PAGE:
Why Your Work Relationships Matter (+How to Improve Them)

Most professionals intellectually understand the importance of building relationships at work. Leaders in the business world certainly do. Psychiatrist Srini Pillay, who studies the neuroscience of effective leadership, published an article which explained the importance of skillful communication for effective and inspiring leadership. On one hand, this reads as common sense; on another, it makes you realize how often leaders sacrifice relationship-building for other priorities at work.

At least that has been the case in my experience.

As someone who has coached hundreds of senior executives about management skills and beyond, I’ve found that too many regard relationship-building as fluff, a skill not necessarily related to measurable “success.”

Sure, most people understand the theoretical importance of nurturing professional relationships as they would friendships. But I’ve also seen a lot of professionals dismiss doing this as superfluous, luxurious—a time commitment that doesn’t lead to results. (Little do they possibly know, research has shown that there is an inextricable link between the quality and depth of one’s relationships with coworkers, and overall attitude toward one’s work.)  

Additionally, most folks understand the importance of networking as an interpersonal skill, and try to be friendly on the job. But true connection is something different—and its positive effects in the workplace have a correspondingly deep impact, just as they would anywhere else. So how do you know if the relationships you’re pursuing at work are “real”?

The first and most important step is checking in with your motivations, requires a “gut check” by asking some difficult questions.  

If you think you could benefit from improving your relationships at work, do your gut-check by considering these four questions.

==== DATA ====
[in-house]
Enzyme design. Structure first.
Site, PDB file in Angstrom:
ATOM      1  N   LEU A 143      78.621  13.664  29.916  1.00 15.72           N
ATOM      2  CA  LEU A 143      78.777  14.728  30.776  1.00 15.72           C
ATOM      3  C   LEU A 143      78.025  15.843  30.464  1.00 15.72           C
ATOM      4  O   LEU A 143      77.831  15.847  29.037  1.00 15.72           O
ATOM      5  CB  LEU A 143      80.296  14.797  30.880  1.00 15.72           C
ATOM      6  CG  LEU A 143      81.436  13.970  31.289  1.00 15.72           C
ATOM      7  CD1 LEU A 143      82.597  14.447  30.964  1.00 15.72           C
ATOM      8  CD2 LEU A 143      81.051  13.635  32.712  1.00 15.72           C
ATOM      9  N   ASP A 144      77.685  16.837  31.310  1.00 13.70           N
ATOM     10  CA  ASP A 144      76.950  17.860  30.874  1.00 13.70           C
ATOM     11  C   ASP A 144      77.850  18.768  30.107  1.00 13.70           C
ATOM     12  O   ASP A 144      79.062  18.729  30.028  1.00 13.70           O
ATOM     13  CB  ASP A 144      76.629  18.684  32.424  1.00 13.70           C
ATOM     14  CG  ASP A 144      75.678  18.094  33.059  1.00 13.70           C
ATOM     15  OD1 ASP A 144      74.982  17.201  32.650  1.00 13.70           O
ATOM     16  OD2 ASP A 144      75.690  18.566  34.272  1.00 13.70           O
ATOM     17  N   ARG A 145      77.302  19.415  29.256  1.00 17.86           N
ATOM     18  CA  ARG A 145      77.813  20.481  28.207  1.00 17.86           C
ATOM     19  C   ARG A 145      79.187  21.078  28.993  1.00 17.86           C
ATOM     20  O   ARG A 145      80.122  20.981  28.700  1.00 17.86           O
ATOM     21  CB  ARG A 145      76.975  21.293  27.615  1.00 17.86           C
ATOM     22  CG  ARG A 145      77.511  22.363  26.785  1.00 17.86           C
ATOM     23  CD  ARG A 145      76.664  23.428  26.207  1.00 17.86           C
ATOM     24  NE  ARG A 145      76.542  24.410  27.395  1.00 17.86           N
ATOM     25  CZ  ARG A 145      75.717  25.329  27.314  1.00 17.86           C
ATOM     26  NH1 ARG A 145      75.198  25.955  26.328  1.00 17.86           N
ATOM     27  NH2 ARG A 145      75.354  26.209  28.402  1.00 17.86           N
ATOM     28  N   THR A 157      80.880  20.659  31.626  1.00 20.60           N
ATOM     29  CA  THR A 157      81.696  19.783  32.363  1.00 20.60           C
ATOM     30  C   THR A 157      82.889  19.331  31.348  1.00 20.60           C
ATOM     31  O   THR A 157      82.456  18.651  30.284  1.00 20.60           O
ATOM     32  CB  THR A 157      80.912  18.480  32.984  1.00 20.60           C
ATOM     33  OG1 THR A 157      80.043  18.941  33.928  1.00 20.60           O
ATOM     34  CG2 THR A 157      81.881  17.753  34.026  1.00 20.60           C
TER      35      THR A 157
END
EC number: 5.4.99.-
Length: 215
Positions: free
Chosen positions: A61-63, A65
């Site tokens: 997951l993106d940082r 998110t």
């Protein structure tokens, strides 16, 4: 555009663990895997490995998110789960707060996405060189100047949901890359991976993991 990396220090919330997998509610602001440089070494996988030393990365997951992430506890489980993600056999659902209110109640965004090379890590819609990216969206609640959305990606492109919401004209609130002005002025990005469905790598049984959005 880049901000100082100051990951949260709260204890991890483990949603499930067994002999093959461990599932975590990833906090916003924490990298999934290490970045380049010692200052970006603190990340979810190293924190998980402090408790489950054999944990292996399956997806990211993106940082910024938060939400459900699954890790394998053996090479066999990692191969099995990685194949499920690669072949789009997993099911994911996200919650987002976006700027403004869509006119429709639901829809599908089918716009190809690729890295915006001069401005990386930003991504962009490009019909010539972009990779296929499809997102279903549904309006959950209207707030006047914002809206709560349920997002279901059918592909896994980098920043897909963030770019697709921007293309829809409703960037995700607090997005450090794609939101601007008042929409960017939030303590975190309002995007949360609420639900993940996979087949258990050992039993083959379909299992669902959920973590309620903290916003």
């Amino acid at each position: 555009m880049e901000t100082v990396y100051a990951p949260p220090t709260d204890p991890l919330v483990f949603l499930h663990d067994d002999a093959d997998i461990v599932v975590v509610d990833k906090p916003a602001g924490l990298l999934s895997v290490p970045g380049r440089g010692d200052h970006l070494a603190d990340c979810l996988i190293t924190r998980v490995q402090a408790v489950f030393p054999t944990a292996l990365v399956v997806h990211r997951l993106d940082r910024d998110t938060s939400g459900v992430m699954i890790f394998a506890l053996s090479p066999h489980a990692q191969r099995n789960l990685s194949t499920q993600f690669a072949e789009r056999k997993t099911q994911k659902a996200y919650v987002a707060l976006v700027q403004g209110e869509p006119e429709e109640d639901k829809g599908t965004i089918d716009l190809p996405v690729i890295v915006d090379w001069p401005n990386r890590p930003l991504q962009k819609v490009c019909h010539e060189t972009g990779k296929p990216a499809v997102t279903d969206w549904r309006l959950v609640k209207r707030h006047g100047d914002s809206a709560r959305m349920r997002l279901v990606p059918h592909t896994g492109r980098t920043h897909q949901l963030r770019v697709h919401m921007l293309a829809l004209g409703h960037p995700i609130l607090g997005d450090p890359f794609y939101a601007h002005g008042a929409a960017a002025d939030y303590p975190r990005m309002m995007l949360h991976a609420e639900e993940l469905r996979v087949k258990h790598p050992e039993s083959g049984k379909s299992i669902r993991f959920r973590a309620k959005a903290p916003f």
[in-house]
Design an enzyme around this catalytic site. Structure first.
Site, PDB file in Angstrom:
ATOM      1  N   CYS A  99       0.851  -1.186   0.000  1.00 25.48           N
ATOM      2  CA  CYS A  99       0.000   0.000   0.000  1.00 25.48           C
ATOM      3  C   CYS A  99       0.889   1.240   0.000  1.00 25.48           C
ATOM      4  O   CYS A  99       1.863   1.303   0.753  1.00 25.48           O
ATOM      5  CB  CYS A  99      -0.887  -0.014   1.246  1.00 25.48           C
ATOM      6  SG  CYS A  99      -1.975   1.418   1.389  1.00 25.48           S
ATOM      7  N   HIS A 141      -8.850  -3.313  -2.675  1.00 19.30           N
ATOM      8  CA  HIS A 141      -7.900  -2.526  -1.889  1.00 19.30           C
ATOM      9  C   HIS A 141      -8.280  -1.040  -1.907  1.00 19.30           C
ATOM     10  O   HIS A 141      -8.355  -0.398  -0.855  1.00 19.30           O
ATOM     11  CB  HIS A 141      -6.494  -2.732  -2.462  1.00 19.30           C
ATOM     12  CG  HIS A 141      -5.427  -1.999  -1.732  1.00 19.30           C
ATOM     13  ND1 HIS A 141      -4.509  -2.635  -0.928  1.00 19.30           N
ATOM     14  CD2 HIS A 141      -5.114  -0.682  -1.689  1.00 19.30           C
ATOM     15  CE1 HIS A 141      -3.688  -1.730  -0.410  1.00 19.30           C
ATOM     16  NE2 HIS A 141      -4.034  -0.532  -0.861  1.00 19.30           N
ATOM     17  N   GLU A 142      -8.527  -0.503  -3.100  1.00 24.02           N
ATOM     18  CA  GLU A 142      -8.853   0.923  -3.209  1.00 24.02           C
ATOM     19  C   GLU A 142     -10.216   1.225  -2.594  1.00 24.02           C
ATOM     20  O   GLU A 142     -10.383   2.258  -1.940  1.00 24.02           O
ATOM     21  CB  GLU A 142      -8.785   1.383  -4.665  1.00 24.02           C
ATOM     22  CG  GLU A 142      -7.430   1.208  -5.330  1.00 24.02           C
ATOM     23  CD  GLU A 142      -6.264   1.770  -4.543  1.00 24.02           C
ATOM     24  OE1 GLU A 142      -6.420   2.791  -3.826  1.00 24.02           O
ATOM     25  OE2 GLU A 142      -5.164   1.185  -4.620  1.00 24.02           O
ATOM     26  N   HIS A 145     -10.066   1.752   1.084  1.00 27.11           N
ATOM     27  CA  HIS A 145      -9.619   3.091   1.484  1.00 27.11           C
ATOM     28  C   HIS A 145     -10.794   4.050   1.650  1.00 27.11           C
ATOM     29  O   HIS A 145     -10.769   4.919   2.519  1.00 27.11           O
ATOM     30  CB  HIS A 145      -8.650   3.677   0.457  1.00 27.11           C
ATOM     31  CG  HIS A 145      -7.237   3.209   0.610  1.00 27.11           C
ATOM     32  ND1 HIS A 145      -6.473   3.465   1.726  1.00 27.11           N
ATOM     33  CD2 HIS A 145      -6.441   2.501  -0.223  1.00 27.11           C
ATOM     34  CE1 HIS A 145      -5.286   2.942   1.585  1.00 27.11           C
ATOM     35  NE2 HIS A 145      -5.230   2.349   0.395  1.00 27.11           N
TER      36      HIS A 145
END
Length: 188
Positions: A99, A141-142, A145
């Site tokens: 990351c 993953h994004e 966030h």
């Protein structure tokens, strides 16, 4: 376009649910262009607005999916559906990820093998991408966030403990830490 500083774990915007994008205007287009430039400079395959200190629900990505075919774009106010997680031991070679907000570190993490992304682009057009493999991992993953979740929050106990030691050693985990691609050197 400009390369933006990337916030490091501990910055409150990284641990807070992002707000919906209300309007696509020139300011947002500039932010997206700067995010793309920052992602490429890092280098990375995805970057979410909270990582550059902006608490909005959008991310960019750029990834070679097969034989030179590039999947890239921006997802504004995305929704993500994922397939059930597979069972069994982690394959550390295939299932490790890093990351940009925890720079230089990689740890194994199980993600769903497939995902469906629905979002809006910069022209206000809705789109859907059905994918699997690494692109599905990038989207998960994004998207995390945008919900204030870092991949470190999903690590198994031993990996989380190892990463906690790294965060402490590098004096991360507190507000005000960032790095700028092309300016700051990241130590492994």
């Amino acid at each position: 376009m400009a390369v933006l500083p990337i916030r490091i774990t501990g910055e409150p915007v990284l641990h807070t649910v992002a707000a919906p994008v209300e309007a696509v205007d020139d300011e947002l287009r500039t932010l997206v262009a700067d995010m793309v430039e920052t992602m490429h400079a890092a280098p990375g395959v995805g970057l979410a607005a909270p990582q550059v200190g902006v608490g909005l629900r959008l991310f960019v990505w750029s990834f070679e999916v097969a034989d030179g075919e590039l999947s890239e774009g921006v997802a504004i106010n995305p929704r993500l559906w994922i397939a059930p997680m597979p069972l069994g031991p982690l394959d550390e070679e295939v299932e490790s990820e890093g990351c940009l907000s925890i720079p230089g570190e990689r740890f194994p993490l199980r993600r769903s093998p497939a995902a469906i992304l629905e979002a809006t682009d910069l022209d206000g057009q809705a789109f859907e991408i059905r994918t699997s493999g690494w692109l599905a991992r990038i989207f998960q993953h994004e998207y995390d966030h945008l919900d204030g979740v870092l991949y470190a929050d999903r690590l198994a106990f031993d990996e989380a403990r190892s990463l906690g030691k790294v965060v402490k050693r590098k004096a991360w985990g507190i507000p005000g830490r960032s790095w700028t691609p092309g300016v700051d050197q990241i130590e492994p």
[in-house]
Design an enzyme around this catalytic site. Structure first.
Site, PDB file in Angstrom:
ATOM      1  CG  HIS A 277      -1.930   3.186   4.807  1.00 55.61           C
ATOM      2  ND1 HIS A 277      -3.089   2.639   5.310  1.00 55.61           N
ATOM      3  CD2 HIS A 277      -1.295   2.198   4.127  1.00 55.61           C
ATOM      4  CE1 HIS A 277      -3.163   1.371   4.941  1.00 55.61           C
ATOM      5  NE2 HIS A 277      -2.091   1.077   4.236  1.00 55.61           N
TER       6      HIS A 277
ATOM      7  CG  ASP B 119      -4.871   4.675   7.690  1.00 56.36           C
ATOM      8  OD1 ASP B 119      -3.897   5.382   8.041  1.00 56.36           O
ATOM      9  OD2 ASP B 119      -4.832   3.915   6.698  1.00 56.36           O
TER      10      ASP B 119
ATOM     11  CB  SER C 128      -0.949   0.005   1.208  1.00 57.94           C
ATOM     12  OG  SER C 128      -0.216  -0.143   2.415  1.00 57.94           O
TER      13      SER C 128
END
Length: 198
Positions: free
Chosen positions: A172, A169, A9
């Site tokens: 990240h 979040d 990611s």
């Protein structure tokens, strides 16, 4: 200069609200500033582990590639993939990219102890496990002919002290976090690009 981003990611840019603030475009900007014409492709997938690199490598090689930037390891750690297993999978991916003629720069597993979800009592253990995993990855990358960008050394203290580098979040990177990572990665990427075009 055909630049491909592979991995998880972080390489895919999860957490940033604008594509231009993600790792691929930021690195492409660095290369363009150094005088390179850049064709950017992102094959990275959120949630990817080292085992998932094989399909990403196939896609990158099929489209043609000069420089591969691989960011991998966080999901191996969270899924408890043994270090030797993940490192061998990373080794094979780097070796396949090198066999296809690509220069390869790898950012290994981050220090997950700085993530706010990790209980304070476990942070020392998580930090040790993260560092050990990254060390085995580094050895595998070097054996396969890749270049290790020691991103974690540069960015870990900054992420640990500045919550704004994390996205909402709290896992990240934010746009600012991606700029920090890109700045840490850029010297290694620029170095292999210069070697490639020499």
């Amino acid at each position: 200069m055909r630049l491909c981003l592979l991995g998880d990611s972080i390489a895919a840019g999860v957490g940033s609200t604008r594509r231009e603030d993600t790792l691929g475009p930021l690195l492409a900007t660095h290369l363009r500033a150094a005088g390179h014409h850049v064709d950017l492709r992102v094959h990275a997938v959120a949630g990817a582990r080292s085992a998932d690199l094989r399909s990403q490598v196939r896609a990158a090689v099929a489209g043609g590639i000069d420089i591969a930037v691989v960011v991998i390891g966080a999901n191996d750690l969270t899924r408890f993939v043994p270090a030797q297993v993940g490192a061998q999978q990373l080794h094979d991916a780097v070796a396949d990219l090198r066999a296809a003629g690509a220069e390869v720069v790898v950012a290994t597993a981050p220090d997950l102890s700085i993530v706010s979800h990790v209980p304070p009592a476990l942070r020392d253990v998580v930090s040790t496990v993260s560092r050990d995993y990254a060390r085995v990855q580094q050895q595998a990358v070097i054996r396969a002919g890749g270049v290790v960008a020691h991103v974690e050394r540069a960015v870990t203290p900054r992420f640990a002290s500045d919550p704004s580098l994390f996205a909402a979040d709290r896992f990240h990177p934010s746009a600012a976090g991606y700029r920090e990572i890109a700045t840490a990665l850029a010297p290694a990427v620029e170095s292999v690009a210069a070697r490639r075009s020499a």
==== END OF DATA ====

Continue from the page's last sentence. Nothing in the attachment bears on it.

1. How do I truly feel about my coworkers?

Do you view your coworkers as an annoyance? Does your monthly office happy hour feel like a social activity or a chore? Is getting lunch with colleagues a welcome break, or a distraction that gets in the way of the “real” work?

Different people feel differently about the value of building relationships with coworkers. While some people view it as an opportunity to broaden their network of friends, others see it as a wet blanket. Those in the latter camp may think work should be exclusively about getting stuff done, and that relationships should be reserved for personal time. If you find yourself resonating with this, you’ll need to shift your perspective in order to build the sorts of relationships that will enable you to inspire and engage others.

Remember: you are not working with robots. While we obviously can’t spend the whole day socializing, recognize that connections put us in a better mood, and better moods are linked to better work outcomes.

2. What are my expectations when interacting with others?

All of us have individual histories, and they impact the expectations we carry with us in all facets of life, including the ways we think about interpersonal connection.

How do you expect others to treat you? Do you see the world as a “dog eat dog” place, where you have to be guarded to get ahead? Do you tend to be wary of others? Or is your most frequent state of being open? Trusting? Curious?

If you are someone who expects poor treatment from others, you are likely going to have your defenses up as you navigate the world. This sense of distance can interfere with your ability to build connections, and will be palpable to others.